Supreme Court nominee Robert Bork's 1987 confirmation hearings "changed everything, maybe forever," according to lawyer and Supreme Court blogger Tom Goldstein, because they "legitimized [the] scorched-earth ideological wars" that have since become the norm.
After the Senate rejected Bork, President Reagan turned to a 41-year-old judge named Douglas H. Ginsburg, a recent appointee to United States Court of Appeals for the District of Columbia Circuit. Ginsburg, unlike Bork, didn't have a long judicial record for the Senate to pick over.
It wasn't to be. After admitting that he'd smoked pot once in the 1960s and "on a few occasions in the '70s," Ginsburg withdrew his name from consideration. Justice Anthony Kennedy ended up filling the vacancy.
Over the next three decades, Judge Ginsburg built a reputation as one of the most influential and principled champions of "originalism," a legal theory that emphasizes close adherence to the text of the law and the explicit intentions of the legislators at the time laws are passed. Now a senior judge on the DC appellate court and a professor at George Mason University's law school, Ginsburg stars in the forthcoming PBS series A More or Less Perfect Union, his "personal exploration" of the history and future of the Constitution in American life.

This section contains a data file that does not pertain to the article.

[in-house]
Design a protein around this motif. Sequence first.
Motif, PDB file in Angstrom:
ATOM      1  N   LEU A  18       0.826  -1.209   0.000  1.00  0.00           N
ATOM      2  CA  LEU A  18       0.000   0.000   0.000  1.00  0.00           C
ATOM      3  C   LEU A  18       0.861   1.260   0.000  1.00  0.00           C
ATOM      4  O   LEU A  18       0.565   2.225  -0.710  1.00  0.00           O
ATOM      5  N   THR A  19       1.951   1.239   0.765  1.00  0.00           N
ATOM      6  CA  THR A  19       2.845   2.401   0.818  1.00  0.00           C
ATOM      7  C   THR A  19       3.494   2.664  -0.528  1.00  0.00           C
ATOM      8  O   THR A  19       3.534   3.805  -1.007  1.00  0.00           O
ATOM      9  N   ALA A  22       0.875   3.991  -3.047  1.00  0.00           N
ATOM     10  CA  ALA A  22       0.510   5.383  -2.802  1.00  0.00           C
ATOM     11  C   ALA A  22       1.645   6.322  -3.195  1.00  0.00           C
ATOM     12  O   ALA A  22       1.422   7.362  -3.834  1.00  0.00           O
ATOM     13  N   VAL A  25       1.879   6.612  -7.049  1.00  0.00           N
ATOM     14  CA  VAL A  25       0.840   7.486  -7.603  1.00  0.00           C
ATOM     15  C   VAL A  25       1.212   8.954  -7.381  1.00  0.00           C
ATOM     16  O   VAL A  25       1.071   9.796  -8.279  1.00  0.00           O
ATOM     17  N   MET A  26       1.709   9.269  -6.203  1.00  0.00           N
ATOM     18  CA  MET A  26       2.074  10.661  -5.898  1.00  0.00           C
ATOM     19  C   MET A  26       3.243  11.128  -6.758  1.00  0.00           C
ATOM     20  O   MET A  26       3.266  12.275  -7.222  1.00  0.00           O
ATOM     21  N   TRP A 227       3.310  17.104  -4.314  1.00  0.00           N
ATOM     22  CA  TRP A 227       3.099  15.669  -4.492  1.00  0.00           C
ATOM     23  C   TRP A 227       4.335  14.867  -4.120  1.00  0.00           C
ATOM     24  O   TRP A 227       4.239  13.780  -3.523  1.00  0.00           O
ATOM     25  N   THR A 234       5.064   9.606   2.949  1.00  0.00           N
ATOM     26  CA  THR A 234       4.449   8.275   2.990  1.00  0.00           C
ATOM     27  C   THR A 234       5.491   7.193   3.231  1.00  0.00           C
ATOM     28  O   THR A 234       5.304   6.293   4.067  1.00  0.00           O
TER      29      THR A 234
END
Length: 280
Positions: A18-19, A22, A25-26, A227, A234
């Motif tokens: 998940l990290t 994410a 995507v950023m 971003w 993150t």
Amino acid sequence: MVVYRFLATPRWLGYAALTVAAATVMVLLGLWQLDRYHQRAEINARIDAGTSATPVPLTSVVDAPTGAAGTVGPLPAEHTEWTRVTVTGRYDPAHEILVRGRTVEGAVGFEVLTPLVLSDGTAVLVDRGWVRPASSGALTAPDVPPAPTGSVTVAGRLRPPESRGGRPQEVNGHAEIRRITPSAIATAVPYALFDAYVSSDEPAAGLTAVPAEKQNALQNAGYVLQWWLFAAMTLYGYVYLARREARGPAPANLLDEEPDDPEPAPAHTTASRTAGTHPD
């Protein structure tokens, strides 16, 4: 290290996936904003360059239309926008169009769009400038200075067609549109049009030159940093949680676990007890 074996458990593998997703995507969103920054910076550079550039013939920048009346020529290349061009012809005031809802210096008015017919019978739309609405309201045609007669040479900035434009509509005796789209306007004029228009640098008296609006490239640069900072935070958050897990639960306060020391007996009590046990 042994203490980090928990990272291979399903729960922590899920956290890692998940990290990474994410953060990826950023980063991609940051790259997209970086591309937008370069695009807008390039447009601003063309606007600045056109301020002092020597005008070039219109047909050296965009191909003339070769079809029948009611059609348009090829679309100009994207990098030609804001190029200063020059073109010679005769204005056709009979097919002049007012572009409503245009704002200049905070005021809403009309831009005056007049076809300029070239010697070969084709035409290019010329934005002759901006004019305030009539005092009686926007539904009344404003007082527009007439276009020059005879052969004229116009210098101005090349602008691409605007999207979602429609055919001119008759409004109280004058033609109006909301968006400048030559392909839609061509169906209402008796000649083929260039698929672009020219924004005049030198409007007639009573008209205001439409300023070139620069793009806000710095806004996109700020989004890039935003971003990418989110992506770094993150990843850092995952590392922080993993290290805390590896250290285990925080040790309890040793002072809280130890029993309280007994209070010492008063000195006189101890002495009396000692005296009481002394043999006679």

Nick Gillespie sat down with Ginsburg to discuss his new show and its companion book, Voices of Our Republic; why the impeachment proceedings against President Donald Trump are in no way a "constitutional crisis"; his opinions of Neil Gorsuch and Brett Kavanaugh; whether it's possible to rein in the administrative state; and why he has never regretted pulling his name from Supreme Court consideration 32 years ago.
Camera by Jim Epstein. Edited by Ian Keyser and Meredith Bragg.
Oliver Contreras/Sipa USA/Newscom